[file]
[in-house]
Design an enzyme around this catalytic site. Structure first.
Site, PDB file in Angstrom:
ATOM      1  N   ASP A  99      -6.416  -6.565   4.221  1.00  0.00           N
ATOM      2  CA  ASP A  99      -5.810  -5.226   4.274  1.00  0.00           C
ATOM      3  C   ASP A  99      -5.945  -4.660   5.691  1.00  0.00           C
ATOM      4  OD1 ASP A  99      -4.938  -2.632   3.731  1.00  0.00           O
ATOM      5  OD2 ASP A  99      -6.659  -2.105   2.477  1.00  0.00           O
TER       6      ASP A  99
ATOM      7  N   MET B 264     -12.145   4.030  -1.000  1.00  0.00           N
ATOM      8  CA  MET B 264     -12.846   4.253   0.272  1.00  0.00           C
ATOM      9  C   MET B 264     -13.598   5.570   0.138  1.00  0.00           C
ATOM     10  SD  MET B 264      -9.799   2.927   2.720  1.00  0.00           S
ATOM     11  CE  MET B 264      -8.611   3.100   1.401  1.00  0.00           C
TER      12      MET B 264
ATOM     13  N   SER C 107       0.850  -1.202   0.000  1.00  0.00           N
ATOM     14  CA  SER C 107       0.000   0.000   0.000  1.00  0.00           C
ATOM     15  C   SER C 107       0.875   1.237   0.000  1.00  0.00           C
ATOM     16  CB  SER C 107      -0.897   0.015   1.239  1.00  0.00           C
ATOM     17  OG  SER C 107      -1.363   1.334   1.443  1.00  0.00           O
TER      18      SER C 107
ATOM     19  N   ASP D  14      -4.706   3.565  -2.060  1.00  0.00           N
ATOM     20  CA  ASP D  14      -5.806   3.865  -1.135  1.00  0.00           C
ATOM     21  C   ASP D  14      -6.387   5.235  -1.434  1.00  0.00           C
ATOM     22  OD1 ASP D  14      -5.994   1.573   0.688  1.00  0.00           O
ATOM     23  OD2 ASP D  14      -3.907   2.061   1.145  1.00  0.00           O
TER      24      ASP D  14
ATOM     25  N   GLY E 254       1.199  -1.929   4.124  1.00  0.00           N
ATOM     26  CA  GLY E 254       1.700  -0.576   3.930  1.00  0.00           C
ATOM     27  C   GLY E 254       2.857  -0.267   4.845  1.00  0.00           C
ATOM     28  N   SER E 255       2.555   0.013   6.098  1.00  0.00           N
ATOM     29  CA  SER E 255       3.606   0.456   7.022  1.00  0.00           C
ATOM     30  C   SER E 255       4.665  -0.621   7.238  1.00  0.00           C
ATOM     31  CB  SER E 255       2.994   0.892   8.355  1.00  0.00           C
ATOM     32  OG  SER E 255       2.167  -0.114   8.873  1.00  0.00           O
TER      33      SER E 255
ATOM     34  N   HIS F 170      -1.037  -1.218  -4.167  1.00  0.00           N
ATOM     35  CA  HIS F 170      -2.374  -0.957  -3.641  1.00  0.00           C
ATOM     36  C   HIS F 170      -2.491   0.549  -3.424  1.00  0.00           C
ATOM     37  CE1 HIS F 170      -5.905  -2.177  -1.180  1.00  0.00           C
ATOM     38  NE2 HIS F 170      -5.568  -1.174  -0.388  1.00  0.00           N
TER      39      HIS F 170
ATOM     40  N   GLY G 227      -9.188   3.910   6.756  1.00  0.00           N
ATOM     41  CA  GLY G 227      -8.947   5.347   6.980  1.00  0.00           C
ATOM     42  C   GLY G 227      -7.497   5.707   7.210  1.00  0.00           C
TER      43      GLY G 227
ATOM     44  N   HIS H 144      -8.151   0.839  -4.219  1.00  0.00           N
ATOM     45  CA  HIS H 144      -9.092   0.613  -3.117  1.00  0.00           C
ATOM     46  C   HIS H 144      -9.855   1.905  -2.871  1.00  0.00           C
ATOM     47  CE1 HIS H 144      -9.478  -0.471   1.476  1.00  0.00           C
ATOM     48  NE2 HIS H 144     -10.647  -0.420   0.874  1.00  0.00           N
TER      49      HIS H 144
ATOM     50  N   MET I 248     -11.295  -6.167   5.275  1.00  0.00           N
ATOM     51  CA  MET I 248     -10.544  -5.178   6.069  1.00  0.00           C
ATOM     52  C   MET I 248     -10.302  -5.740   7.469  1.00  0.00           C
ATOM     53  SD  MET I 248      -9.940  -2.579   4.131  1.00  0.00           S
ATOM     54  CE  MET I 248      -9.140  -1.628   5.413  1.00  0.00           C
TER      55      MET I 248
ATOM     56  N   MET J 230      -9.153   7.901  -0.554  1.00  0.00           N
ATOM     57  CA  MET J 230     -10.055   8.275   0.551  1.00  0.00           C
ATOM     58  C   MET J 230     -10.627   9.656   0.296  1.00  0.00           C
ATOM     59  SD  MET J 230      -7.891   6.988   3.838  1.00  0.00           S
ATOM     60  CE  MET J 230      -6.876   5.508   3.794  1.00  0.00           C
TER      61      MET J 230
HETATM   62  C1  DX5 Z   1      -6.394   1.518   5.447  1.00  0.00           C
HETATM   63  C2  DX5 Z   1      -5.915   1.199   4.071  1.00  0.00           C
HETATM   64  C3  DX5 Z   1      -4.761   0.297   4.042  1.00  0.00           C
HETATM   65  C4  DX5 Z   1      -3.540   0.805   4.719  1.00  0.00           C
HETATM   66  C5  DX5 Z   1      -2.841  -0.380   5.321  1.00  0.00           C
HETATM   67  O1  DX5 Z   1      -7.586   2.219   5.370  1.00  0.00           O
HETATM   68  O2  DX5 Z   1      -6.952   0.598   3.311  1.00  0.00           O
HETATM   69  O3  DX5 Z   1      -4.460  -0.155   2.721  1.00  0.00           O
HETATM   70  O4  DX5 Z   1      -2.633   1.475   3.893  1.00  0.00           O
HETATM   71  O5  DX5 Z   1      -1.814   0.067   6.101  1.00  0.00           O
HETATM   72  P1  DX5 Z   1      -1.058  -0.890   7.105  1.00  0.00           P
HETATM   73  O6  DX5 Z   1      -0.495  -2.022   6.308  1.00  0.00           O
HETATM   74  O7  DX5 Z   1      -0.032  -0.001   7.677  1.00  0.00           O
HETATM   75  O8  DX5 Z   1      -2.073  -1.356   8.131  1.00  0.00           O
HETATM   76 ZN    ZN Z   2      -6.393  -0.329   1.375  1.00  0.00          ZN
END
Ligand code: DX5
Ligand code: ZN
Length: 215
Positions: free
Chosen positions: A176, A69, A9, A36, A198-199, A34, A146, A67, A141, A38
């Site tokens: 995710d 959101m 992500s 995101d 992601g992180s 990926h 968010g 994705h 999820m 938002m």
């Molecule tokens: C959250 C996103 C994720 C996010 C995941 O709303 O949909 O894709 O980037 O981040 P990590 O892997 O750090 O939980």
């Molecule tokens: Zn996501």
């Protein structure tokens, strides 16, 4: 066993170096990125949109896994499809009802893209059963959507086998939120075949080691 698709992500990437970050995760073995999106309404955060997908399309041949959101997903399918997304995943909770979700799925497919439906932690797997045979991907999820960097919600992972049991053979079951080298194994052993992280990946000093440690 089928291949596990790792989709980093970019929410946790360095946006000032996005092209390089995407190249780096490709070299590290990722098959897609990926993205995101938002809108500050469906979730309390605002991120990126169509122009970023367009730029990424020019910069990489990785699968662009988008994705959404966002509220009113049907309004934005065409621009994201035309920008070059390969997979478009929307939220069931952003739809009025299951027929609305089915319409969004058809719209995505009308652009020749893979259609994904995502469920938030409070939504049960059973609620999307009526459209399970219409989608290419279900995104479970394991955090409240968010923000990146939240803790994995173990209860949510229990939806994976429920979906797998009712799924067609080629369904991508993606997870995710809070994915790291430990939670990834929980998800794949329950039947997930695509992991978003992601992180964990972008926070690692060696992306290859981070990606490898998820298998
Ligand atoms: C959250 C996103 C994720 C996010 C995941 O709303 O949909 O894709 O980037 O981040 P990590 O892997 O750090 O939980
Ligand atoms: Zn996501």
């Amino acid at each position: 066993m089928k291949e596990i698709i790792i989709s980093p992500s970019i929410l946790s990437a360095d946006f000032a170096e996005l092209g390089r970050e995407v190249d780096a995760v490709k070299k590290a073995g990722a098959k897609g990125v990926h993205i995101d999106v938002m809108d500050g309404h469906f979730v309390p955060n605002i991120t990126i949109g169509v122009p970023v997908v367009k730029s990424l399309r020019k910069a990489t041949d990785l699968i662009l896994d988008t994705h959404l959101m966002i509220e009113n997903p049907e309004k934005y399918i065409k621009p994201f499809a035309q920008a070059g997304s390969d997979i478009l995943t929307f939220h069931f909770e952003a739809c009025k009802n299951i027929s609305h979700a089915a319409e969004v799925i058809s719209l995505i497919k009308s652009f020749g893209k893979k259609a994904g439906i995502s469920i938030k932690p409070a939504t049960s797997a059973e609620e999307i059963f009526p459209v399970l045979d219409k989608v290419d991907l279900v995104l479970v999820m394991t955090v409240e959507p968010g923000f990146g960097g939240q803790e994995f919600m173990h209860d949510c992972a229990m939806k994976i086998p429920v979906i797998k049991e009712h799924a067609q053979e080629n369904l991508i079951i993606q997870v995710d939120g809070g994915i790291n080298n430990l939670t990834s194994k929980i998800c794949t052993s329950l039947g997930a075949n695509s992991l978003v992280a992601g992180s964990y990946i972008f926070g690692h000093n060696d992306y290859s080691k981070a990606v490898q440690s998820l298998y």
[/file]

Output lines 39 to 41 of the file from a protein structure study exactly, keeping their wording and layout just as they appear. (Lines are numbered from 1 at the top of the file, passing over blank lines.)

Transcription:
ATOM     36  C   HIS F 170      -2.491   0.549  -3.424  1.00  0.00           C
ATOM     37  CE1 HIS F 170      -5.905  -2.177  -1.180  1.00  0.00           C
ATOM     38  NE2 HIS F 170      -5.568  -1.174  -0.388  1.00  0.00           N